This opinion will be unpublished and
may not be cited except as provided by
Minn. Stat. § 480A.08, subd. 3 (1998).
STATE OF MINNESOTA
IN COURT OF APPEALS
In Re: Estate of Lawrence Charles Dahlheimer,
a/k/a Lawrence C. Dahlheimer.
Filed July 11, 2000
Hennepin County District Court
File No. PX981229
Adrian V. Dahlheimer, 16241 North Diamond Lake Road, Dayton, MN 55327 (pro se appellant)
G. Craig Howse, 360 Brookdale Corporate Center, 6300 Shingle Creek Parkway East, Brooklyn Center, MN 55430 (for respondent Estate of Lawrence Charles Dahlheimer)
Considered and decided by Lansing, Presiding Judge, Randall, Judge, and Willis, Judge.
U N P U B L I S H E D O P I N I O N
Adrian Dahlheimer appeals pro se from the district court’s order granting summary judgment to respondent and dismissing his claim for $334,907.50 against his father’s estate. We affirm in part, reverse in part, and remand.
Lawrence and Delvina Dahlheimer were first married to each other in 1936. They owned and operated a farm in Dayton, Minnesota and had 11 children, including appellant Adrian Dahlheimer. Appellant has lived on the farm since his birth in 1938, with the exception of four years when he served in the Air Force. Since 1961, appellant has worked on the farm with his father. In addition to working on the farm, appellant held jobs with several different employers, including General Mills, Honeywell, and the federal government.
In 1983, appellant bought a portion of his parents’ land by contract for deed. The purchase price was $80,000 ($5,000 down), with the balance payable in monthly installments of $650 at nine percent interest until the contract was paid in full. There is evidence in the record that appellant did not make regular monthly payments on the contract, but with the sellers’ (parents’) acquiescence, he contributed labor to the farming operation and money toward farm machinery and taxes, as payment in kind.
In 1995, Lawrence and Delvina Dahlheimer began divorce proceedings, and in April 1996, a hearing was held on their stipulated dissolution agreement. Because appellant owned a portion of his parents’ land by this contract for deed, he was a party to the stipulated agreement. Lawrence Dahlheimer’s attorney read the parties’ stipulated agreement, which included a waiver of claims between appellant and his father, into the record. Appellant testified that he concurred with the agreement. The stipulation called for appellant to relinquish his contract for deed claim so the land could be divided between his parents. In July 1996, appellant executed quitclaim deeds reconveying the land to his parents.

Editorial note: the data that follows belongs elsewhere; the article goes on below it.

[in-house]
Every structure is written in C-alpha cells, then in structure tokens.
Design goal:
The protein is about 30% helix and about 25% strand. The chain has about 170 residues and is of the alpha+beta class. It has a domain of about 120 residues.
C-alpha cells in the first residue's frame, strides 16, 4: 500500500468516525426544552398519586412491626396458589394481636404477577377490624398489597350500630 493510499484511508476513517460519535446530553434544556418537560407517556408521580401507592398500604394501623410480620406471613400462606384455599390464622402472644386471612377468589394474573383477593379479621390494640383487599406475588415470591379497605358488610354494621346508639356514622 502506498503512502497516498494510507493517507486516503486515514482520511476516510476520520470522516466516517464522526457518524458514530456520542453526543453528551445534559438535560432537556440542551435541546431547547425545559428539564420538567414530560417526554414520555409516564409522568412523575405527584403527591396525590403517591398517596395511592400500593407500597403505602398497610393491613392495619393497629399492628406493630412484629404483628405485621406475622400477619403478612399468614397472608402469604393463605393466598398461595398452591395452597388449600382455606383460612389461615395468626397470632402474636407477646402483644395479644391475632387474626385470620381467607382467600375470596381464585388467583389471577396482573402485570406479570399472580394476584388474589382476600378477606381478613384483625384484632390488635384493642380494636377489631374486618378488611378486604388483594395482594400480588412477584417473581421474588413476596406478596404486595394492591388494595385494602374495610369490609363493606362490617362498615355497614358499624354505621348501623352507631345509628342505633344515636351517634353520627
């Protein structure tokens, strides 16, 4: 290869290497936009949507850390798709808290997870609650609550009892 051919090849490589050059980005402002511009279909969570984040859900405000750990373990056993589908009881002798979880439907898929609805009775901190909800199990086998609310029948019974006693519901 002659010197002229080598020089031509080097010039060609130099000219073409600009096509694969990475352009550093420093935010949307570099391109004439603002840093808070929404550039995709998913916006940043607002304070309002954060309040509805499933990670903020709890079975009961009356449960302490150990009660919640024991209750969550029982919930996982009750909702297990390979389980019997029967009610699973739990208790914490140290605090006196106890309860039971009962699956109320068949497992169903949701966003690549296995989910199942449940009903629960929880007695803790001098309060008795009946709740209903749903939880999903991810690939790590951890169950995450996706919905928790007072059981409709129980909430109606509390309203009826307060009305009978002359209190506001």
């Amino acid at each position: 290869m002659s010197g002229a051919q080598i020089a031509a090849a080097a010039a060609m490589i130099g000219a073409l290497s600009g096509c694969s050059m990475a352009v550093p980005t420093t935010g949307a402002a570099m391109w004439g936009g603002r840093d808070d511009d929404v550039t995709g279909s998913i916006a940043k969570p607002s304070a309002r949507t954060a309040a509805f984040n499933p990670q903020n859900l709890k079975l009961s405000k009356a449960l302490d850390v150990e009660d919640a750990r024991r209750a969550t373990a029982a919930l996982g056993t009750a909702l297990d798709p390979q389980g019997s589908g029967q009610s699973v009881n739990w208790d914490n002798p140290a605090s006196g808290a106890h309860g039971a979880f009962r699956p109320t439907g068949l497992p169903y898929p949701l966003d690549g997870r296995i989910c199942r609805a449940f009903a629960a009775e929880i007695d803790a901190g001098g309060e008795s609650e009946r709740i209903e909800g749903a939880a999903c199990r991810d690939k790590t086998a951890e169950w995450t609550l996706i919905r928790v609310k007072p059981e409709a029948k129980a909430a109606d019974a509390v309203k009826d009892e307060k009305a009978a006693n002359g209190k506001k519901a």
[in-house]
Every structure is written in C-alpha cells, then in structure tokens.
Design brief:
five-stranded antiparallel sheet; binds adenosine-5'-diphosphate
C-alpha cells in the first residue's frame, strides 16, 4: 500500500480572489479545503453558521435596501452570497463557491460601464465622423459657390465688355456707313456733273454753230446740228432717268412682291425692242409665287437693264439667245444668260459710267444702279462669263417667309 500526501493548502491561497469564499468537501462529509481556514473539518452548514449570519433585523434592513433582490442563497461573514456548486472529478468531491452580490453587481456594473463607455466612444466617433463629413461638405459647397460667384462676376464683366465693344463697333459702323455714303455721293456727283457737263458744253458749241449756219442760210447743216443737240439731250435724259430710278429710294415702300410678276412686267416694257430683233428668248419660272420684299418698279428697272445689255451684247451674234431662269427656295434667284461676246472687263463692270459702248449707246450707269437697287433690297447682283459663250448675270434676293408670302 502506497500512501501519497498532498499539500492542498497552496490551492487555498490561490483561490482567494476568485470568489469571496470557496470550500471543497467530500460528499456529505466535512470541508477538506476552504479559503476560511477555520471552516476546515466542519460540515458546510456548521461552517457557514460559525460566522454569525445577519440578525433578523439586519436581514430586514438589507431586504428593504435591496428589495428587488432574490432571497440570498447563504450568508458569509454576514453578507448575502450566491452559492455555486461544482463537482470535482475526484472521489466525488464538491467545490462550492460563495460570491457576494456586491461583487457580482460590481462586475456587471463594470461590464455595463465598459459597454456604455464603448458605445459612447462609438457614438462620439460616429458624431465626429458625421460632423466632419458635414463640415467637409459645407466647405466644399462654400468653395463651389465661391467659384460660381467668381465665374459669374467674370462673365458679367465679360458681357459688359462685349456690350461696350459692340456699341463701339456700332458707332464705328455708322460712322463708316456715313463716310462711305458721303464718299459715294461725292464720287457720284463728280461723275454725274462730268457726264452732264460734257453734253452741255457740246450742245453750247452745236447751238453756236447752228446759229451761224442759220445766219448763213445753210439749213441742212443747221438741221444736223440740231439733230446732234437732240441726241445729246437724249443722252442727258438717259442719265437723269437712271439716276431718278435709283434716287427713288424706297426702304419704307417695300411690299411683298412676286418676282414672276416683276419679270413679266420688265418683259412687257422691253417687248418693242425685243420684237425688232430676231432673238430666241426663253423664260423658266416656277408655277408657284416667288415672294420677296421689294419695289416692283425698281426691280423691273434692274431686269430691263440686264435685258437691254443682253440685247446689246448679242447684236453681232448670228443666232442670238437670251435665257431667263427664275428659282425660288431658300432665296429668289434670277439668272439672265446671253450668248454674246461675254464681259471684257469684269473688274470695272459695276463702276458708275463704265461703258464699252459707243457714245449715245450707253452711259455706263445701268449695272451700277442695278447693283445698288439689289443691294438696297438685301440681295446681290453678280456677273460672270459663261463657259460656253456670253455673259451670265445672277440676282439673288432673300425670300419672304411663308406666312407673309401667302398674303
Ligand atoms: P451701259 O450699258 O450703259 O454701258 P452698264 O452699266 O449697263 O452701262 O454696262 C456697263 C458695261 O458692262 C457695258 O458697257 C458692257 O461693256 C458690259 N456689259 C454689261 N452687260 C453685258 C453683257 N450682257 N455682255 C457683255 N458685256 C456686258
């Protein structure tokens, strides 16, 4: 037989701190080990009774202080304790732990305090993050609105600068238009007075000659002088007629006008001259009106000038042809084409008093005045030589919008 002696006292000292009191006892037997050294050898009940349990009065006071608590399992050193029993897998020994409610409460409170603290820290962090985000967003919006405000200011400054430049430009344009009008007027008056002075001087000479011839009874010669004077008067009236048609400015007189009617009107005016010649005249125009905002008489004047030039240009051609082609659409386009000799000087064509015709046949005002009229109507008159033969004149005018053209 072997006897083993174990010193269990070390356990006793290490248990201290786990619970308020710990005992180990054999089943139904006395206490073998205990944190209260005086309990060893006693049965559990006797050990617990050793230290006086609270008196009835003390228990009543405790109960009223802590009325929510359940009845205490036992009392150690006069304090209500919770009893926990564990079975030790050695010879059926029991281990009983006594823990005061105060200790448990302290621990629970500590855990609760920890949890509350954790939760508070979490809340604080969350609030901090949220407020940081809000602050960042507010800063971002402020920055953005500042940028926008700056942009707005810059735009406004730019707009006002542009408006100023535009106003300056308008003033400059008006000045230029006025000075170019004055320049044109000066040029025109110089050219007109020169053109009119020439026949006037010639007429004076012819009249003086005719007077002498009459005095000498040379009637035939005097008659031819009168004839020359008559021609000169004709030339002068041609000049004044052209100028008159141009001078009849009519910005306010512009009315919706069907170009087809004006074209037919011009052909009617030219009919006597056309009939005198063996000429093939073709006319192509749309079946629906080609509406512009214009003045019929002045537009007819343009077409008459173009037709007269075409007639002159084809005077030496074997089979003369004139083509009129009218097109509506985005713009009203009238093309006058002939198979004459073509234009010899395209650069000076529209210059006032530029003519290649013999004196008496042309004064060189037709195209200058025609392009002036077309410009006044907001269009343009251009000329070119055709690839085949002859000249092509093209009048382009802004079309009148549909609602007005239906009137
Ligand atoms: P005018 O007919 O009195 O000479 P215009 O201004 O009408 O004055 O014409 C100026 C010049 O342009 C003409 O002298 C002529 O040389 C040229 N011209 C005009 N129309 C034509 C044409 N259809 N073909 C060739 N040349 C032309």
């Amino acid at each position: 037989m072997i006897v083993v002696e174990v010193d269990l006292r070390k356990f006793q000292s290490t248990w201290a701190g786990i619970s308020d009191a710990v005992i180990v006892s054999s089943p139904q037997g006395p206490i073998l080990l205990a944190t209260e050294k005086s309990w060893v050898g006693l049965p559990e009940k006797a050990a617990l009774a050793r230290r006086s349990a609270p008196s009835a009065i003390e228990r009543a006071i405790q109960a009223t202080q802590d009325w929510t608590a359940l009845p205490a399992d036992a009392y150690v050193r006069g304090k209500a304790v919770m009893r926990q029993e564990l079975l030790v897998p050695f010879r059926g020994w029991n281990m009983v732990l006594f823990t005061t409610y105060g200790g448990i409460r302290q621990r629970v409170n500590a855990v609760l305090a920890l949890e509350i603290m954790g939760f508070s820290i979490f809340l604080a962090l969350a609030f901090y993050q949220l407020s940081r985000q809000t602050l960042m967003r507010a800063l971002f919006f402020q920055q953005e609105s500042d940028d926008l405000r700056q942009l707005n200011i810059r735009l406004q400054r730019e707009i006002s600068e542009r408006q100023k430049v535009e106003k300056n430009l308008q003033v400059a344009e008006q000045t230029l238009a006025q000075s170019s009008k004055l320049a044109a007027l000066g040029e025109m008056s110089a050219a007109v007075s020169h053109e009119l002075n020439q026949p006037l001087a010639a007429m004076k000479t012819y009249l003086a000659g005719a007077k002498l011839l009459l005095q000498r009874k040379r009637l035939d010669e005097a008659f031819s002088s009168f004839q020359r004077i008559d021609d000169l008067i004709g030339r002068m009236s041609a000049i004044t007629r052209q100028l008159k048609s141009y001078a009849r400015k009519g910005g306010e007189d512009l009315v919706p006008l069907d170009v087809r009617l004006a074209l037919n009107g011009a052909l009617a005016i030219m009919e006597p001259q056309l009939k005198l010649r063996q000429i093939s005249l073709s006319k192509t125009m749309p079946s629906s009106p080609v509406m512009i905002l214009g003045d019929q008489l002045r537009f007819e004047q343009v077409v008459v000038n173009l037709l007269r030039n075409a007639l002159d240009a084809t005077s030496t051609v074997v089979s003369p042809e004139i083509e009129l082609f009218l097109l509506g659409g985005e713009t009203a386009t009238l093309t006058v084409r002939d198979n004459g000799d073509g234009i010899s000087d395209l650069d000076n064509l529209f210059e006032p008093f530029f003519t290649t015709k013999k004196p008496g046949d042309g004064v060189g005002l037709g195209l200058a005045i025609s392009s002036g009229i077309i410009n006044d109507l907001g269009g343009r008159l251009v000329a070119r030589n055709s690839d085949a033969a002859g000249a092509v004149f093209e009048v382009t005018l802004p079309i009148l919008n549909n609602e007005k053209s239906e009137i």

Lawrence and Delvina Dahlheimer remarried in 1997. Then Lawrence died that same year. Appellant filed a claim against his father’s estate for $334,907.50, seeking compensation for services rendered on his father’s farm from 1967 through 1997. In his amended statement of claim, appellant alleged that his claim is secured by the 1983 contract for deed.
The probate court found that there was no written contract between appellant and his father to compensate appellant for his labor or financial contributions to the farm. Based on the lack of a written contract and appellant’s waiver of his rights at his parents’ dissolution proceeding, the probate court granted summary judgment to respondent and dismissed appellant’s claim. This appeal follows.
On appeal from summary judgment this court must determine if any genuine issues of material fact exist and whether the district court erred in its application of the law. State by Cooper v. French, 460 N.W.2d 2, 4 (Minn. 1990); In re Estate of Tourville, 366 N.W.2d 380, 381 (Minn. App. 1985), review denied(Minn. June 27, 1985). The evidence must be viewed in the light most favorable to the party against whom judgment was granted. Fabio v. Bellomo, 504 N.W.2d 758, 761 (Minn. 1993).
Appellant argues that he did not waive his rights at his parents’ dissolution hearing. A waiver occurs when a person intentionally or voluntarily relinquishes a known right. Adam v. Adam, 358 N.W.2d 487, 489 (Minn. App. 1984). “Both intent and knowledge, actual or constructive, are essential elements” of waiver. Engstrom v. Farmers & Bankers Life Ins. Co., 230 Minn. 308, 311-12, 41 N.W.2d 422, 424 (1950) (citations omitted). Consideration is not required to support a waiver, and once established, a waiver is irrevocable. Id.at 312, 41 N.W.2d at 424.
First, appellant argues that he should not have to give up his rights because the divorce was a fraud. Appellant alleges that he was asked to reconvey his land to his parents as part of the divorce action, so partition of the land would result in favorable rezoning for purposes of future resale. However, neither appellant nor the personal representative raised fraud claims before the district court. This court will generally not consider matters not argued and considered in the court below. Thiele v. Stich, 425 N.W.2d 580, 582 (Minn. 1988). We decline to consider this issue because it is raised for the first time on appeal.
Next, appellant argues that he agreed to relinquish his rights in the 1983 contract for deed in exchange for his parents’ homestead. However, nothing in the record supports this contention. The record shows that the divorce agreement was contingent upon appellant’s agreement to return the land and that his agreement was contingent upon the court’s acceptance of the stipulated divorce agreement. At the divorce proceeding, the district court specifically ordered that the homestead be given to appellant’s mother, Delvina Dahlheimer.
The district court found that appellant waived his interest in the land and any other claim that he might have had against his father.